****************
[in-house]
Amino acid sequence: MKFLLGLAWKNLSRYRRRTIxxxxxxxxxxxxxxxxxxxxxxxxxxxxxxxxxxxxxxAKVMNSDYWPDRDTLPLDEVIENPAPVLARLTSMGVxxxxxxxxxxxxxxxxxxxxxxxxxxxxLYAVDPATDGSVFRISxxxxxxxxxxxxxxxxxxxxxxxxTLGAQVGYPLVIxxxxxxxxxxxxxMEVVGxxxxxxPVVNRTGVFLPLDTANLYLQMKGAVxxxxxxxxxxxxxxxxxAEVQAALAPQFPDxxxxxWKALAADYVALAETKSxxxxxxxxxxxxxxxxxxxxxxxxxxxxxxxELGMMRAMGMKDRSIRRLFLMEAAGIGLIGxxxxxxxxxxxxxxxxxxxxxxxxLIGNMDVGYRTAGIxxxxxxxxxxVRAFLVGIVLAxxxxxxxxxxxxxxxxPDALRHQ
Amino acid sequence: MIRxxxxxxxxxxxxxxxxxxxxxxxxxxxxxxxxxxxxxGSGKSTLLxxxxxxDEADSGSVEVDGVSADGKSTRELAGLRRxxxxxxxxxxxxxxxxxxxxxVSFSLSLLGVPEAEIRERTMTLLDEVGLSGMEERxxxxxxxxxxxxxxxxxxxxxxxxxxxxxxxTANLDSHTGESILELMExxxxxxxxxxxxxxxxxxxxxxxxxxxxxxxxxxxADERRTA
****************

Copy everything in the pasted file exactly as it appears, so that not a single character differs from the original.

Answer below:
[in-house]
Amino acid sequence: MKFLLGLAWKNLSRYRRRTIxxxxxxxxxxxxxxxxxxxxxxxxxxxxxxxxxxxxxxAKVMNSDYWPDRDTLPLDEVIENPAPVLARLTSMGVxxxxxxxxxxxxxxxxxxxxxxxxxxxxLYAVDPATDGSVFRISxxxxxxxxxxxxxxxxxxxxxxxxTLGAQVGYPLVIxxxxxxxxxxxxxMEVVGxxxxxxPVVNRTGVFLPLDTANLYLQMKGAVxxxxxxxxxxxxxxxxxAEVQAALAPQFPDxxxxxWKALAADYVALAETKSxxxxxxxxxxxxxxxxxxxxxxxxxxxxxxxELGMMRAMGMKDRSIRRLFLMEAAGIGLIGxxxxxxxxxxxxxxxxxxxxxxxxLIGNMDVGYRTAGIxxxxxxxxxxVRAFLVGIVLAxxxxxxxxxxxxxxxxPDALRHQ
Amino acid sequence: MIRxxxxxxxxxxxxxxxxxxxxxxxxxxxxxxxxxxxxxGSGKSTLLxxxxxxDEADSGSVEVDGVSADGKSTRELAGLRRxxxxxxxxxxxxxxxxxxxxxVSFSLSLLGVPEAEIRERTMTLLDEVGLSGMEERxxxxxxxxxxxxxxxxxxxxxxxxxxxxxxxTANLDSHTGESILELMExxxxxxxxxxxxxxxxxxxxxxxxxxxxxxxxxxxADERRTA